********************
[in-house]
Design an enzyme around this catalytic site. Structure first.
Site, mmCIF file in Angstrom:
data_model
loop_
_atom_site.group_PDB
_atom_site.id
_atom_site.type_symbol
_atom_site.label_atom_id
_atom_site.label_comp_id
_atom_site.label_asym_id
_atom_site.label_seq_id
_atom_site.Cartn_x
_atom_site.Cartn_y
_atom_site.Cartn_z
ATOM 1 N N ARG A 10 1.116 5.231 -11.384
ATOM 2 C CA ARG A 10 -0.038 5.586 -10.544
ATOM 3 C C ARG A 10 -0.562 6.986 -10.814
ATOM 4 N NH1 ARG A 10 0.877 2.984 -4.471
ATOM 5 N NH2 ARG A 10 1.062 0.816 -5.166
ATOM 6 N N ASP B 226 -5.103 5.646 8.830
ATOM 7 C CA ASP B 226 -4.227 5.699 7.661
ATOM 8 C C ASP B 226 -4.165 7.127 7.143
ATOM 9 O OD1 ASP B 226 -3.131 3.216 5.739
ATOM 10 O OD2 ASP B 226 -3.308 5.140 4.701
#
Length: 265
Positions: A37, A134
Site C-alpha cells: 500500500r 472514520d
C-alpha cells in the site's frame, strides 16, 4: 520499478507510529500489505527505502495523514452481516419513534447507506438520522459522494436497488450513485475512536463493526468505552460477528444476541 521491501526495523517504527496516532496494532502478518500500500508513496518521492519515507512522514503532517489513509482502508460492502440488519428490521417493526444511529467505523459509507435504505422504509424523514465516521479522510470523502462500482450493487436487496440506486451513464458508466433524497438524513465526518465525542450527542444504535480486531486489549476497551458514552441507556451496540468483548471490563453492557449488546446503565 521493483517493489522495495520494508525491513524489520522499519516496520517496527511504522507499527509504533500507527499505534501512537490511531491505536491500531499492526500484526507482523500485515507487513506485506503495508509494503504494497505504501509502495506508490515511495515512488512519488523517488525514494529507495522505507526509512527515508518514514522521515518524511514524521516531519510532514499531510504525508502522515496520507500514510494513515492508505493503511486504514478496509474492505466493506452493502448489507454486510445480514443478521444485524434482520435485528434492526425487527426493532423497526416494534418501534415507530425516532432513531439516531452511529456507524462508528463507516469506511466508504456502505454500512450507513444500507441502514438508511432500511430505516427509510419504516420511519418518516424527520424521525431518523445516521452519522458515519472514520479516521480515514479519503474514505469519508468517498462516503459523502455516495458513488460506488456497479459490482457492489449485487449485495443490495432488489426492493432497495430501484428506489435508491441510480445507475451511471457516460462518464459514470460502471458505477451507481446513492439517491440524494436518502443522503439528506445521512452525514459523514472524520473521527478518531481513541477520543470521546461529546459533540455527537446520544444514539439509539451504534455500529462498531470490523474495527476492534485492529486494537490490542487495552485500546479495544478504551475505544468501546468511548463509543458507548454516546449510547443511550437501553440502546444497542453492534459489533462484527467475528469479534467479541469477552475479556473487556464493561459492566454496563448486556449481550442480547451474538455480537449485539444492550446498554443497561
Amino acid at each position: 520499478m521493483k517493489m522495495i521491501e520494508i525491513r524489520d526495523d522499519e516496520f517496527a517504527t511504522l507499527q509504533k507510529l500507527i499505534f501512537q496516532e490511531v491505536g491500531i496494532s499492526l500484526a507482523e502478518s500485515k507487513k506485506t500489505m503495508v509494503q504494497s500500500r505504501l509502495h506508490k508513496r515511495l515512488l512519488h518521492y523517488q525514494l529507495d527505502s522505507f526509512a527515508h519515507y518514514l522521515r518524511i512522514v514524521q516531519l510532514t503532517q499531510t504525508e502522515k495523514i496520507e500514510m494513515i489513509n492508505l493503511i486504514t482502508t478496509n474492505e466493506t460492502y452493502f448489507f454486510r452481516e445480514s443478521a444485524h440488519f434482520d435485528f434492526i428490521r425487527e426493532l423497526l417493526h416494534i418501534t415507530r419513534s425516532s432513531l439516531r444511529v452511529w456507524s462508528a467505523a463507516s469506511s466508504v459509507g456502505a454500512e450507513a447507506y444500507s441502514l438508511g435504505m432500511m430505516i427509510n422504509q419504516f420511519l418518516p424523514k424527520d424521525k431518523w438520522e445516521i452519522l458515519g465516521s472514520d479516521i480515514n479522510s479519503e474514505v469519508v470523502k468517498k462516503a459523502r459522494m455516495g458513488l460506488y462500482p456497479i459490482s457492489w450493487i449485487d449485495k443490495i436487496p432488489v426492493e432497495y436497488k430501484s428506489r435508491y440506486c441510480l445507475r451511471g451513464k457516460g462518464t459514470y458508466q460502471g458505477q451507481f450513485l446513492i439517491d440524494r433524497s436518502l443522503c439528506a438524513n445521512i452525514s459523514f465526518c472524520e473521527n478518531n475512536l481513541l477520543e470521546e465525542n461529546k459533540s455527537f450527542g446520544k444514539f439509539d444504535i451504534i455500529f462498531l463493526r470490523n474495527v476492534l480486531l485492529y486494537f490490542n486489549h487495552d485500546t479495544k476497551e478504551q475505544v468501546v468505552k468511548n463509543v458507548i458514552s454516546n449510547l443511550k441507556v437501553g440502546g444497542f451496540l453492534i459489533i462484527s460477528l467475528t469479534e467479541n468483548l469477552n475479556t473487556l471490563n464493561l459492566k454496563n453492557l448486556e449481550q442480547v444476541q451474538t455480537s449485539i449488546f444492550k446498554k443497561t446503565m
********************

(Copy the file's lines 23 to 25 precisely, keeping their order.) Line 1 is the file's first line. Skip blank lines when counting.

ATOM 8 C C ASP B 226 -4.165 7.127 7.143
ATOM 9 O OD1 ASP B 226 -3.131 3.216 5.739
ATOM 10 O OD2 ASP B 226 -3.308 5.140 4.701